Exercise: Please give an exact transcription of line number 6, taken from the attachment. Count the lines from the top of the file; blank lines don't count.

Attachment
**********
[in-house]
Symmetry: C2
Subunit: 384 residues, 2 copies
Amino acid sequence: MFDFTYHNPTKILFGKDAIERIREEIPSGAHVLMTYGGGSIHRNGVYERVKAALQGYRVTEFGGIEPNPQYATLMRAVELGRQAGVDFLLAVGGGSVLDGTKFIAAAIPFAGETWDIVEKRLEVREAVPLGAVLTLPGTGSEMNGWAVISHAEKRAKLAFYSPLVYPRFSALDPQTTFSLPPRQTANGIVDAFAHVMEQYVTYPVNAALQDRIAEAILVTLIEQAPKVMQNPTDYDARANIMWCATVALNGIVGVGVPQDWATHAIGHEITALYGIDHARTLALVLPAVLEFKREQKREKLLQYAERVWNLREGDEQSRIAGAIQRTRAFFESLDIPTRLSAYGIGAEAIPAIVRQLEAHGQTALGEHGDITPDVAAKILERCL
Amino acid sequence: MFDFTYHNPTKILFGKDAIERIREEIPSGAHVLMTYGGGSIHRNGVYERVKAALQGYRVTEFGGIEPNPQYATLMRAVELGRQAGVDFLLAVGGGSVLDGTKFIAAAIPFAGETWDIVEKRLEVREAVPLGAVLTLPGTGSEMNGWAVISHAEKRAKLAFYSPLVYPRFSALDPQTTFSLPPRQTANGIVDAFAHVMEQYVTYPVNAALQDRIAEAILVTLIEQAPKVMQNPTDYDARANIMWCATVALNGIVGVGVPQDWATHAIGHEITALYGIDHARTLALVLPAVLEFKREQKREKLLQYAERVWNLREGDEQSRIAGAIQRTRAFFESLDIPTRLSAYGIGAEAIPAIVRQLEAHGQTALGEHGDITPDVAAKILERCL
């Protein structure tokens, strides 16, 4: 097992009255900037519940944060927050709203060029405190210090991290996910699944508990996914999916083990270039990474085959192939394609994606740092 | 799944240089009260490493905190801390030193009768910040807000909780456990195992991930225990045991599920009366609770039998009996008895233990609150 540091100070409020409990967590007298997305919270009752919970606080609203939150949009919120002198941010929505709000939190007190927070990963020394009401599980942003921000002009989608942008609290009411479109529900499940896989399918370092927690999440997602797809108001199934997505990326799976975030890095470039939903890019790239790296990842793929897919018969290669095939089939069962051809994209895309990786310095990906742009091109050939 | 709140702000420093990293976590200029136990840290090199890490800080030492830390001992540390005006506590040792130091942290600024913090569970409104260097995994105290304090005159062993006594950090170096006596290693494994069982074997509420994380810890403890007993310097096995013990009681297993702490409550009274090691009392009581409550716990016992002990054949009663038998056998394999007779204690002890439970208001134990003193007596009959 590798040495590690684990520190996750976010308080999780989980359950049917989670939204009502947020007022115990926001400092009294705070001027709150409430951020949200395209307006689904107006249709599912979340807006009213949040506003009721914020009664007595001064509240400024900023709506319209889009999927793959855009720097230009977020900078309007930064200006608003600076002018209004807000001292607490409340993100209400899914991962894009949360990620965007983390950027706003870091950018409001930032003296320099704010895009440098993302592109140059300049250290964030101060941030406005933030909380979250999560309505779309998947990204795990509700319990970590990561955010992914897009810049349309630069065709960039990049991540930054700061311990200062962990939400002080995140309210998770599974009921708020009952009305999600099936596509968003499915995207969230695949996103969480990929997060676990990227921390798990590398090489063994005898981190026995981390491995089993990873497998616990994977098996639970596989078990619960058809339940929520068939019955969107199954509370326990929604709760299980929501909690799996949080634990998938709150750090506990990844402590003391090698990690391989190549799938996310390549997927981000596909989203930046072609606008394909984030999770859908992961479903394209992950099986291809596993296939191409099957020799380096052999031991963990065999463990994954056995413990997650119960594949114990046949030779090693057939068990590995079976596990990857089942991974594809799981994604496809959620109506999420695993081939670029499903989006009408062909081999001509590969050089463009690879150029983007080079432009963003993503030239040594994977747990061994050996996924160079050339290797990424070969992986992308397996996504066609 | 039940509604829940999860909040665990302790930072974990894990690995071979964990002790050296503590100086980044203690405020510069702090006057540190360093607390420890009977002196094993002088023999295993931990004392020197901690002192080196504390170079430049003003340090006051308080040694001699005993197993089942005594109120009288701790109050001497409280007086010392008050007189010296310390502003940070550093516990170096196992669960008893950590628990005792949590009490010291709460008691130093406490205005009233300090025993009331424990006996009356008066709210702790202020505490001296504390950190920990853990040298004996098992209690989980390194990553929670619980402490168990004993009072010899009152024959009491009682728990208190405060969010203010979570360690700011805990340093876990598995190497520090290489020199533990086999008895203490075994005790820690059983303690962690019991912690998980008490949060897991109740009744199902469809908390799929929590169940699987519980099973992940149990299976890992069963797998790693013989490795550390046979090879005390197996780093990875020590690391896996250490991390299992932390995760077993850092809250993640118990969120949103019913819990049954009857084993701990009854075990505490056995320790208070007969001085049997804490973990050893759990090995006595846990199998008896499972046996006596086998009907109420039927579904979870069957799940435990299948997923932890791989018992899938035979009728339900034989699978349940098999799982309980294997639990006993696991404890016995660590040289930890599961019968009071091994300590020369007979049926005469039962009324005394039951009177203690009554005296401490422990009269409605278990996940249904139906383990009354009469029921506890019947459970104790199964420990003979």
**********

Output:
């Protein structure tokens, strides 16, 4: 097992009255900037519940944060927050709203060029405190210090991290996910699944508990996914999916083990270039990474085959192939394609994606740092 | 799944240089009260490493905190801390030193009768910040807000909780456990195992991930225990045991599920009366609770039998009996008895233990609150 540091100070409020409990967590007298997305919270009752919970606080609203939150949009919120002198941010929505709000939190007190927070990963020394009401599980942003921000002009989608942008609290009411479109529900499940896989399918370092927690999440997602797809108001199934997505990326799976975030890095470039939903890019790239790296990842793929897919018969290669095939089939069962051809994209895309990786310095990906742009091109050939 | 709140702000420093990293976590200029136990840290090199890490800080030492830390001992540390005006506590040792130091942290600024913090569970409104260097995994105290304090005159062993006594950090170096006596290693494994069982074997509420994380810890403890007993310097096995013990009681297993702490409550009274090691009392009581409550716990016992002990054949009663038998056998394999007779204690002890439970208001134990003193007596009959 590798040495590690684990520190996750976010308080999780989980359950049917989670939204009502947020007022115990926001400092009294705070001027709150409430951020949200395209307006689904107006249709599912979340807006009213949040506003009721914020009664007595001064509240400024900023709506319209889009999927793959855009720097230009977020900078309007930064200006608003600076002018209004807000001292607490409340993100209400899914991962894009949360990620965007983390950027706003870091950018409001930032003296320099704010895009440098993302592109140059300049250290964030101060941030406005933030909380979250999560309505779309998947990204795990509700319990970590990561955010992914897009810049349309630069065709960039990049991540930054700061311990200062962990939400002080995140309210998770599974009921708020009952009305999600099936596509968003499915995207969230695949996103969480990929997060676990990227921390798990590398090489063994005898981190026995981390491995089993990873497998616990994977098996639970596989078990619960058809339940929520068939019955969107199954509370326990929604709760299980929501909690799996949080634990998938709150750090506990990844402590003391090698990690391989190549799938996310390549997927981000596909989203930046072609606008394909984030999770859908992961479903394209992950099986291809596993296939191409099957020799380096052999031991963990065999463990994954056995413990997650119960594949114990046949030779090693057939068990590995079976596990990857089942991974594809799981994604496809959620109506999420695993081939670029499903989006009408062909081999001509590969050089463009690879150029983007080079432009963003993503030239040594994977747990061994050996996924160079050339290797990424070969992986992308397996996504066609 | 039940509604829940999860909040665990302790930072974990894990690995071979964990002790050296503590100086980044203690405020510069702090006057540190360093607390420890009977002196094993002088023999295993931990004392020197901690002192080196504390170079430049003003340090006051308080040694001699005993197993089942005594109120009288701790109050001497409280007086010392008050007189010296310390502003940070550093516990170096196992669960008893950590628990005792949590009490010291709460008691130093406490205005009233300090025993009331424990006996009356008066709210702790202020505490001296504390950190920990853990040298004996098992209690989980390194990553929670619980402490168990004993009072010899009152024959009491009682728990208190405060969010203010979570360690700011805990340093876990598995190497520090290489020199533990086999008895203490075994005790820690059983303690962690019991912690998980008490949060897991109740009744199902469809908390799929929590169940699987519980099973992940149990299976890992069963797998790693013989490795550390046979090879005390197996780093990875020590690391896996250490991390299992932390995760077993850092809250993640118990969120949103019913819990049954009857084993701990009854075990505490056995320790208070007969001085049997804490973990050893759990090995006595846990199998008896499972046996006596086998009907109420039927579904979870069957799940435990299948997923932890791989018992899938035979009728339900034989699978349940098999799982309980294997639990006993696991404890016995660590040289930890599961019968009071091994300590020369007979049926005469039962009324005394039951009177203690009554005296401490422990009269409605278990996940249904139906383990009354009469029921506890019947459970104790199964420990003979």